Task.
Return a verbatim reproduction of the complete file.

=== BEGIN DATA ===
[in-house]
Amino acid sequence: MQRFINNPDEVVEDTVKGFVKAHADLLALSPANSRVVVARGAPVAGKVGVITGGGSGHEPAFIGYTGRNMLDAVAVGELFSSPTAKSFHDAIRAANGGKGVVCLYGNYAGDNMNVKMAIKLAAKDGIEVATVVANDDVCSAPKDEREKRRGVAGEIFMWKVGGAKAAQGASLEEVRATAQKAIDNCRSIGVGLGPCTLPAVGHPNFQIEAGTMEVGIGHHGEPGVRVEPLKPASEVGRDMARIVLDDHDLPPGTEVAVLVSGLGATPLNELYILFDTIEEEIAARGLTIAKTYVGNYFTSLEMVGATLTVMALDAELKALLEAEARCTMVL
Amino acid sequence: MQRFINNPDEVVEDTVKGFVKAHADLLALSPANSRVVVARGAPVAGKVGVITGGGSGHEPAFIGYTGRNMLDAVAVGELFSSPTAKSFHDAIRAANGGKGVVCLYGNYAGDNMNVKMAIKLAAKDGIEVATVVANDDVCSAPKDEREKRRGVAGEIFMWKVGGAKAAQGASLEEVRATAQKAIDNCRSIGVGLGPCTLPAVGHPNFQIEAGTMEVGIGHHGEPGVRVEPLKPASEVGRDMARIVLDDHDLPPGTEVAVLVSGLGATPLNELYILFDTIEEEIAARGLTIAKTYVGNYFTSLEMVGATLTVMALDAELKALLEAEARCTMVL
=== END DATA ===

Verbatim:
[in-house]
Amino acid sequence: MQRFINNPDEVVEDTVKGFVKAHADLLALSPANSRVVVARGAPVAGKVGVITGGGSGHEPAFIGYTGRNMLDAVAVGELFSSPTAKSFHDAIRAANGGKGVVCLYGNYAGDNMNVKMAIKLAAKDGIEVATVVANDDVCSAPKDEREKRRGVAGEIFMWKVGGAKAAQGASLEEVRATAQKAIDNCRSIGVGLGPCTLPAVGHPNFQIEAGTMEVGIGHHGEPGVRVEPLKPASEVGRDMARIVLDDHDLPPGTEVAVLVSGLGATPLNELYILFDTIEEEIAARGLTIAKTYVGNYFTSLEMVGATLTVMALDAELKALLEAEARCTMVL
Amino acid sequence: MQRFINNPDEVVEDTVKGFVKAHADLLALSPANSRVVVARGAPVAGKVGVITGGGSGHEPAFIGYTGRNMLDAVAVGELFSSPTAKSFHDAIRAANGGKGVVCLYGNYAGDNMNVKMAIKLAAKDGIEVATVVANDDVCSAPKDEREKRRGVAGEIFMWKVGGAKAAQGASLEEVRATAQKAIDNCRSIGVGLGPCTLPAVGHPNFQIEAGTMEVGIGHHGEPGVRVEPLKPASEVGRDMARIVLDDHDLPPGTEVAVLVSGLGATPLNELYILFDTIEEEIAARGLTIAKTYVGNYFTSLEMVGATLTVMALDAELKALLEAEARCTMVL